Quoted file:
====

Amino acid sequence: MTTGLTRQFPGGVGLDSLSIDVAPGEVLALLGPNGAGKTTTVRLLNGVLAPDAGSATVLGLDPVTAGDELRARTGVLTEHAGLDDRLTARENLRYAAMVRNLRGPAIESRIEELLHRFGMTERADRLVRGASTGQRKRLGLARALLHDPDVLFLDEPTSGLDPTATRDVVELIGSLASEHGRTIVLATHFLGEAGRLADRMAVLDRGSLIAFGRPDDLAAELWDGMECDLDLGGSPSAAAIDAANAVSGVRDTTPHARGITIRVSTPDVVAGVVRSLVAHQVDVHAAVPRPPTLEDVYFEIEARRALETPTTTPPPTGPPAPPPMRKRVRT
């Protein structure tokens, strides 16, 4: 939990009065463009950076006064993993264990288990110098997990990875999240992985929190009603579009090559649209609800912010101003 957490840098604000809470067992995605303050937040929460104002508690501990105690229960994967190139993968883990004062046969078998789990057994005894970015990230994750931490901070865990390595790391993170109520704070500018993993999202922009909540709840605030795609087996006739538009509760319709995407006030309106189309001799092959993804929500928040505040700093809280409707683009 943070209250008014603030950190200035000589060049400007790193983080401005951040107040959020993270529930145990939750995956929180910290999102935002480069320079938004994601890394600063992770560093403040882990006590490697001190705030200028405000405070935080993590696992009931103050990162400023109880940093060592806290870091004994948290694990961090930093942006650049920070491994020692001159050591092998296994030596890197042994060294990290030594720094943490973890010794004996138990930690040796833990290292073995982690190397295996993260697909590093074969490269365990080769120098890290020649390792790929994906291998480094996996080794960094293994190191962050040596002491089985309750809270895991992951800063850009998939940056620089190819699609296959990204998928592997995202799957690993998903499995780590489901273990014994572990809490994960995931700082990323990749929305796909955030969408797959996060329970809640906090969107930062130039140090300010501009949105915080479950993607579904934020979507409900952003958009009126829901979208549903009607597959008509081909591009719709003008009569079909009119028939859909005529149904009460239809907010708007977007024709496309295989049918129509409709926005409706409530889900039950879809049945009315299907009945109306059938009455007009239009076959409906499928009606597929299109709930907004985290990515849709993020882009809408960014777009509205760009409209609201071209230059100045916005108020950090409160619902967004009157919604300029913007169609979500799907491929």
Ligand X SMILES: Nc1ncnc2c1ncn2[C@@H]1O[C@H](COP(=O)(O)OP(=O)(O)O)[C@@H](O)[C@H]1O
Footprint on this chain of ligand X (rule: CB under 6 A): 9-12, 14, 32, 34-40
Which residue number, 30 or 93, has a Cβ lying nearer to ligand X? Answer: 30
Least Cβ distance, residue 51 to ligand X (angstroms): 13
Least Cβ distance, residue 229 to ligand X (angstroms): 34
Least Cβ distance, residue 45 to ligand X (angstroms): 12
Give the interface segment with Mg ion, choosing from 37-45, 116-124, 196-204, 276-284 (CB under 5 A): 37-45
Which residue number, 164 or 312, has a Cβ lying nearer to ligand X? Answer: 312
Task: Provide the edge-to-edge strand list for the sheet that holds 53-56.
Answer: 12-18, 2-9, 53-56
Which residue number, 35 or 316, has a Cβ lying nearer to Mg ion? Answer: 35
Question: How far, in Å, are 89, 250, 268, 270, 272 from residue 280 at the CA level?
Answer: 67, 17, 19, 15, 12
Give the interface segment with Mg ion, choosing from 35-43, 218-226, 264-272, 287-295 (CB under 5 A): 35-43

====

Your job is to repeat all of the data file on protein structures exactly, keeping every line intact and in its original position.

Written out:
Amino acid sequence: MTTGLTRQFPGGVGLDSLSIDVAPGEVLALLGPNGAGKTTTVRLLNGVLAPDAGSATVLGLDPVTAGDELRARTGVLTEHAGLDDRLTARENLRYAAMVRNLRGPAIESRIEELLHRFGMTERADRLVRGASTGQRKRLGLARALLHDPDVLFLDEPTSGLDPTATRDVVELIGSLASEHGRTIVLATHFLGEAGRLADRMAVLDRGSLIAFGRPDDLAAELWDGMECDLDLGGSPSAAAIDAANAVSGVRDTTPHARGITIRVSTPDVVAGVVRSLVAHQVDVHAAVPRPPTLEDVYFEIEARRALETPTTTPPPTGPPAPPPMRKRVRT
């Protein structure tokens, strides 16, 4: 939990009065463009950076006064993993264990288990110098997990990875999240992985929190009603579009090559649209609800912010101003 957490840098604000809470067992995605303050937040929460104002508690501990105690229960994967190139993968883990004062046969078998789990057994005894970015990230994750931490901070865990390595790391993170109520704070500018993993999202922009909540709840605030795609087996006739538009509760319709995407006030309106189309001799092959993804929500928040505040700093809280409707683009 943070209250008014603030950190200035000589060049400007790193983080401005951040107040959020993270529930145990939750995956929180910290999102935002480069320079938004994601890394600063992770560093403040882990006590490697001190705030200028405000405070935080993590696992009931103050990162400023109880940093060592806290870091004994948290694990961090930093942006650049920070491994020692001159050591092998296994030596890197042994060294990290030594720094943490973890010794004996138990930690040796833990290292073995982690190397295996993260697909590093074969490269365990080769120098890290020649390792790929994906291998480094996996080794960094293994190191962050040596002491089985309750809270895991992951800063850009998939940056620089190819699609296959990204998928592997995202799957690993998903499995780590489901273990014994572990809490994960995931700082990323990749929305796909955030969408797959996060329970809640906090969107930062130039140090300010501009949105915080479950993607579904934020979507409900952003958009009126829901979208549903009607597959008509081909591009719709003008009569079909009119028939859909005529149904009460239809907010708007977007024709496309295989049918129509409709926005409706409530889900039950879809049945009315299907009945109306059938009455007009239009076959409906499928009606597929299109709930907004985290990515849709993020882009809408960014777009509205760009409209609201071209230059100045916005108020950090409160619902967004009157919604300029913007169609979500799907491929």
Ligand X SMILES: Nc1ncnc2c1ncn2[C@@H]1O[C@H](COP(=O)(O)OP(=O)(O)O)[C@@H](O)[C@H]1O
Footprint on this chain of ligand X (rule: CB under 6 A): 9-12, 14, 32, 34-40
Which residue number, 30 or 93, has a Cβ lying nearer to ligand X? Answer: 30
Least Cβ distance, residue 51 to ligand X (angstroms): 13
Least Cβ distance, residue 229 to ligand X (angstroms): 34
Least Cβ distance, residue 45 to ligand X (angstroms): 12
Give the interface segment with Mg ion, choosing from 37-45, 116-124, 196-204, 276-284 (CB under 5 A): 37-45
Which residue number, 164 or 312, has a Cβ lying nearer to ligand X? Answer: 312
Task: Provide the edge-to-edge strand list for the sheet that holds 53-56.
Answer: 12-18, 2-9, 53-56
Which residue number, 35 or 316, has a Cβ lying nearer to Mg ion? Answer: 35
Question: How far, in Å, are 89, 250, 268, 270, 272 from residue 280 at the CA level?
Answer: 67, 17, 19, 15, 12
Give the interface segment with Mg ion, choosing from 35-43, 218-226, 264-272, 287-295 (CB under 5 A): 35-43